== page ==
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Glass half-full: How practically applied generative AI will enhance health care operations


We must refocus our efforts on how AI can be practically applied to improve health care – with a particular emphasis on operational areas and decision-making processes

How AI will enhance health care: ©catalin -

How AI will enhance health care: ©catalin -

The year 2023 marked a milestone for generative AI, bringing unprecedented attention to the immense potential of AI technologies across industries. As a physician who also leads a team of data scientists, I'm thrilled to see this broader market awareness – but it’s important to recognize that AI has been quietly advancing health care for decades.

In fact, AI was first applied in the field of biomedical research as early as the 1970s. Over the following decades, as manual data modeling transitioned to digital versions, AI generated increasingly sophisticated clinical and operational benefits – from accelerating DNA research to enabling more precise surgical procedures and comprehensive EHR implementation.

For the past 20 years, advancements in Predictive AI have surfaced in consumer-facing applications like Alexa and Netflix recommendations. While the average person might have interacted with AI without realizing it, the true scope of its possibilities, especially in health care, remained largely opaque.

That changed with the rapid adoption of OpenAI's ChatGPT, which brought broader awareness of generative AI's transformative potential. However, this newfound attention has also magnified the mixed levels of acceptance and risk tolerance that have historically surrounded AI technologies. The persistent "AI is coming for our jobs" misconception is a prime example.

It's critical that we counter this narrative and refocus our efforts on how AI can be practically applied to improve health care – with a particular emphasis on operational areas and decision-making processes. Here's why:

Predictive AI has already established a proven track record in health care

Predictive AI has already increased efficiency and dramatically improved operational challenges within health care. For example, there have been remarkable results using AI to support mammogram screenings, identifying 20% more cases of breast cancer while reducing the administrative burden (screen-reading workload in this case) by 44%. In addition to cancer screenings, Predictive AI has been successfully used to improve patient monitoring, identify at-risk patients, aid in disease diagnosis, and minimize prescription fraud.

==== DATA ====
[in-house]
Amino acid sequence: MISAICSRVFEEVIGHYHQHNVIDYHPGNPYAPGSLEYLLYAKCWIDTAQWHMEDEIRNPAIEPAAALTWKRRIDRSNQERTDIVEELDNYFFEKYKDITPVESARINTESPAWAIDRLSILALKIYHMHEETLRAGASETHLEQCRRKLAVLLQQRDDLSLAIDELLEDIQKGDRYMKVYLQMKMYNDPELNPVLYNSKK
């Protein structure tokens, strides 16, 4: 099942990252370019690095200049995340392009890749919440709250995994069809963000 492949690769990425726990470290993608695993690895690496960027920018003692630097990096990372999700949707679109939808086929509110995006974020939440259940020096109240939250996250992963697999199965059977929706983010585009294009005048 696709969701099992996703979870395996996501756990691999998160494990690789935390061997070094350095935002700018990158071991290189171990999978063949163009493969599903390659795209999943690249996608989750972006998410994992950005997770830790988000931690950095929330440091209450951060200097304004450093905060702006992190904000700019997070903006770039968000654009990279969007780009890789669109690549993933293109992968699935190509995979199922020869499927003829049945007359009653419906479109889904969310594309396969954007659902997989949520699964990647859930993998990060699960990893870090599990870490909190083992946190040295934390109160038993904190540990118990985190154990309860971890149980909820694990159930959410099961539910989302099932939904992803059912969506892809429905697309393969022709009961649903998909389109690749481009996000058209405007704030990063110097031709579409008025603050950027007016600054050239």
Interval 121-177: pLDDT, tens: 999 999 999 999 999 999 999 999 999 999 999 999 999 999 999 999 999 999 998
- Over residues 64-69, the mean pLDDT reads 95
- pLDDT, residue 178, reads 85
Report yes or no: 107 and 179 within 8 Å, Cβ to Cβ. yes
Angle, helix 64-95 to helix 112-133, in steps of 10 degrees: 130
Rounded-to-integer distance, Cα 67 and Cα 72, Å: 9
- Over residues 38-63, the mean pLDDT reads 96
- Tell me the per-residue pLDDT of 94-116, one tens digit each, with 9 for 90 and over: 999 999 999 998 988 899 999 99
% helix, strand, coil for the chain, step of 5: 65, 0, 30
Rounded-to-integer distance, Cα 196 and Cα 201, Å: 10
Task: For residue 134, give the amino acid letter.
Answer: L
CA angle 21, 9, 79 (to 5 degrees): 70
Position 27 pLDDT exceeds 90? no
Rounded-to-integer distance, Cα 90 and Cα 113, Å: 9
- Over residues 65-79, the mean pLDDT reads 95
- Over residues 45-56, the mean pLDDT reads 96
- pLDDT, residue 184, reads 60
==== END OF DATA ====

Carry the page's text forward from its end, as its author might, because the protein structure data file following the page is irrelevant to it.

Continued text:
Such practical applications of AI are essential, given the staggering $250 billion in unnecessary administrative waste identified in the health care industry. The COVID-19 pandemic also exacerbated challenges, with a growing staffing crisis and all-time high claims denials exacerbating revenue losses.

It's encouraging to see major health systems publicly commit to adopting AI technologies with renewed vigor and investment. But we should also explore how smaller and mid-size hospitals can benefit from AI in operational areas. Ultimately, we must continue the long game of "making the business of health care more efficient" by reducing unnecessary and manual administrative work.

AI will complement, not replace, health care professionals

AI will never be able to replace the human clinician's judgment and expertise. However, it will be able to ingest and interpret data more quickly, with improved accuracy of its predictions over time. Studies have already validated the effectiveness of AI-generated clinical summaries, which are often preferred over those created by medical experts due to their conciseness and accuracy.

Generative AI, the latest tool in the AI toolbox, could further enhance this process by allowing clinicians to create a patient's longitudinal view with the click of a button, rather than having to piece together information from multiple sources.

While Predictive AI will likely continue to excel at solving many administrative challenges in the near future, as Generative AI matures it will need to be carefully modeled, tested, and validated to ensure accuracy and eliminate bias. This is a long game, but one that holds immense promise for enabling clinicians to focus on the core purpose of health care: providing high-quality, patient-centered care.

No technology is perfect, and AI is no exception. But we must challenge the notion that technology has to be flawless to be valuable. Any human-led, manual process will always be prone to mistakes as well. The key is to harness the power of AI to enhance, not replace, the human touch in healthcare.

By embracing the practical applications of AI, we can ensure that health care is delivered in a truly person-centric manner — B2C, not B2B — prioritizing the human-to-human element to elevate patient and member experience while improving operational efficiency. This is the glass-half-full vision for the future of health care, and one that I'm deeply committed to realizing.

Heather Bassett M.D., is the Chief Medical Officer with Xsolis, the AI-driven health technology company with a human-centered approach. With more than 20 years’ experience in healthcare, Dr. Bassett provides oversight of Xsolis’ data science team, denials management team and its physician advisor program. She is board-certified in internal medicine.

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